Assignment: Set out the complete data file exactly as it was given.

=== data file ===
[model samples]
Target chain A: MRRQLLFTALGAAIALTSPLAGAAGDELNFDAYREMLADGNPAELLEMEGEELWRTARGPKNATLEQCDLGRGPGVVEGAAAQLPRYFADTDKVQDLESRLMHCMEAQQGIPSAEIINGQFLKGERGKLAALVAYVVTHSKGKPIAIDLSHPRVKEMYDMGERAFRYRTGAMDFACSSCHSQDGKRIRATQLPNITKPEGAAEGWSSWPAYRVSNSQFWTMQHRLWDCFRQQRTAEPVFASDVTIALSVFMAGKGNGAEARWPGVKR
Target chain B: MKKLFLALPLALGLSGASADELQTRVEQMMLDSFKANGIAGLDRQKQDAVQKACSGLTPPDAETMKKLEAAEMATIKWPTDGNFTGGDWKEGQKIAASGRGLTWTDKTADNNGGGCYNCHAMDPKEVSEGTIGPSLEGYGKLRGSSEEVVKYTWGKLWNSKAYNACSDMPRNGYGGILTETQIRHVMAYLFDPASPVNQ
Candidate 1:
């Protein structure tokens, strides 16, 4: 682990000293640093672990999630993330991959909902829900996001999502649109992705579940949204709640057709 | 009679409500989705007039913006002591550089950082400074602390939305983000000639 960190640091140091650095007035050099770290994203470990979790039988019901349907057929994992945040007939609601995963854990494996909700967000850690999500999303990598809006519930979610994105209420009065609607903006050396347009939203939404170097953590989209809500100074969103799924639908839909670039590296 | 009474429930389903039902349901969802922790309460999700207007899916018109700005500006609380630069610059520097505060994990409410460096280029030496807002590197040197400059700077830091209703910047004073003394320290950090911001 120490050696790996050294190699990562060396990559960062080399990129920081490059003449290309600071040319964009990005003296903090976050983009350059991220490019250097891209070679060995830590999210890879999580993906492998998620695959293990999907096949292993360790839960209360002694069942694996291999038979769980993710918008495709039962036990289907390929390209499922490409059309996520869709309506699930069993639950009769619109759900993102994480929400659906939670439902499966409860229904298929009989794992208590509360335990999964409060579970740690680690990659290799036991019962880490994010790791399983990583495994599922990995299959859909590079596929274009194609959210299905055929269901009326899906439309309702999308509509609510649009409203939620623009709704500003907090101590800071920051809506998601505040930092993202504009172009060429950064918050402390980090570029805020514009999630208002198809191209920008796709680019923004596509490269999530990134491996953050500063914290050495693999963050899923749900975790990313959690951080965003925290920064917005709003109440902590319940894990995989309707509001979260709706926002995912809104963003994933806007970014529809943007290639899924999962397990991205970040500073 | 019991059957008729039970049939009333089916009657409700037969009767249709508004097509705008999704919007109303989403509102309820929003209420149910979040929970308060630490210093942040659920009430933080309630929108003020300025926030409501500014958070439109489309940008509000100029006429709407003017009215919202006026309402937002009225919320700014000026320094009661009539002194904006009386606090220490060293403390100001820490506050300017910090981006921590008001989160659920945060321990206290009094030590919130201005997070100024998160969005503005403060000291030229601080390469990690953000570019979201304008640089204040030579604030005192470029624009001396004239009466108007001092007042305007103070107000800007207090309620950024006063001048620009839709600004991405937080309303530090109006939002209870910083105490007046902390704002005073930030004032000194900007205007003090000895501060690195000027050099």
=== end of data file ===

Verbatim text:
[model samples]
Target chain A: MRRQLLFTALGAAIALTSPLAGAAGDELNFDAYREMLADGNPAELLEMEGEELWRTARGPKNATLEQCDLGRGPGVVEGAAAQLPRYFADTDKVQDLESRLMHCMEAQQGIPSAEIINGQFLKGERGKLAALVAYVVTHSKGKPIAIDLSHPRVKEMYDMGERAFRYRTGAMDFACSSCHSQDGKRIRATQLPNITKPEGAAEGWSSWPAYRVSNSQFWTMQHRLWDCFRQQRTAEPVFASDVTIALSVFMAGKGNGAEARWPGVKR
Target chain B: MKKLFLALPLALGLSGASADELQTRVEQMMLDSFKANGIAGLDRQKQDAVQKACSGLTPPDAETMKKLEAAEMATIKWPTDGNFTGGDWKEGQKIAASGRGLTWTDKTADNNGGGCYNCHAMDPKEVSEGTIGPSLEGYGKLRGSSEEVVKYTWGKLWNSKAYNACSDMPRNGYGGILTETQIRHVMAYLFDPASPVNQ
Candidate 1:
């Protein structure tokens, strides 16, 4: 682990000293640093672990999630993330991959909902829900996001999502649109992705579940949204709640057709 | 009679409500989705007039913006002591550089950082400074602390939305983000000639 960190640091140091650095007035050099770290994203470990979790039988019901349907057929994992945040007939609601995963854990494996909700967000850690999500999303990598809006519930979610994105209420009065609607903006050396347009939203939404170097953590989209809500100074969103799924639908839909670039590296 | 009474429930389903039902349901969802922790309460999700207007899916018109700005500006609380630069610059520097505060994990409410460096280029030496807002590197040197400059700077830091209703910047004073003394320290950090911001 120490050696790996050294190699990562060396990559960062080399990129920081490059003449290309600071040319964009990005003296903090976050983009350059991220490019250097891209070679060995830590999210890879999580993906492998998620695959293990999907096949292993360790839960209360002694069942694996291999038979769980993710918008495709039962036990289907390929390209499922490409059309996520869709309506699930069993639950009769619109759900993102994480929400659906939670439902499966409860229904298929009989794992208590509360335990999964409060579970740690680690990659290799036991019962880490994010790791399983990583495994599922990995299959859909590079596929274009194609959210299905055929269901009326899906439309309702999308509509609510649009409203939620623009709704500003907090101590800071920051809506998601505040930092993202504009172009060429950064918050402390980090570029805020514009999630208002198809191209920008796709680019923004596509490269999530990134491996953050500063914290050495693999963050899923749900975790990313959690951080965003925290920064917005709003109440902590319940894990995989309707509001979260709706926002995912809104963003994933806007970014529809943007290639899924999962397990991205970040500073 | 019991059957008729039970049939009333089916009657409700037969009767249709508004097509705008999704919007109303989403509102309820929003209420149910979040929970308060630490210093942040659920009430933080309630929108003020300025926030409501500014958070439109489309940008509000100029006429709407003017009215919202006026309402937002009225919320700014000026320094009661009539002194904006009386606090220490060293403390100001820490506050300017910090981006921590008001989160659920945060321990206290009094030590919130201005997070100024998160969005503005403060000291030229601080390469990690953000570019979201304008640089204040030579604030005192470029624009001396004239009466108007001092007042305007103070107000800007207090309620950024006063001048620009839709600004991405937080309303530090109006939002209870910083105490007046902390704002005073930030004032000194900007205007003090000895501060690195000027050099």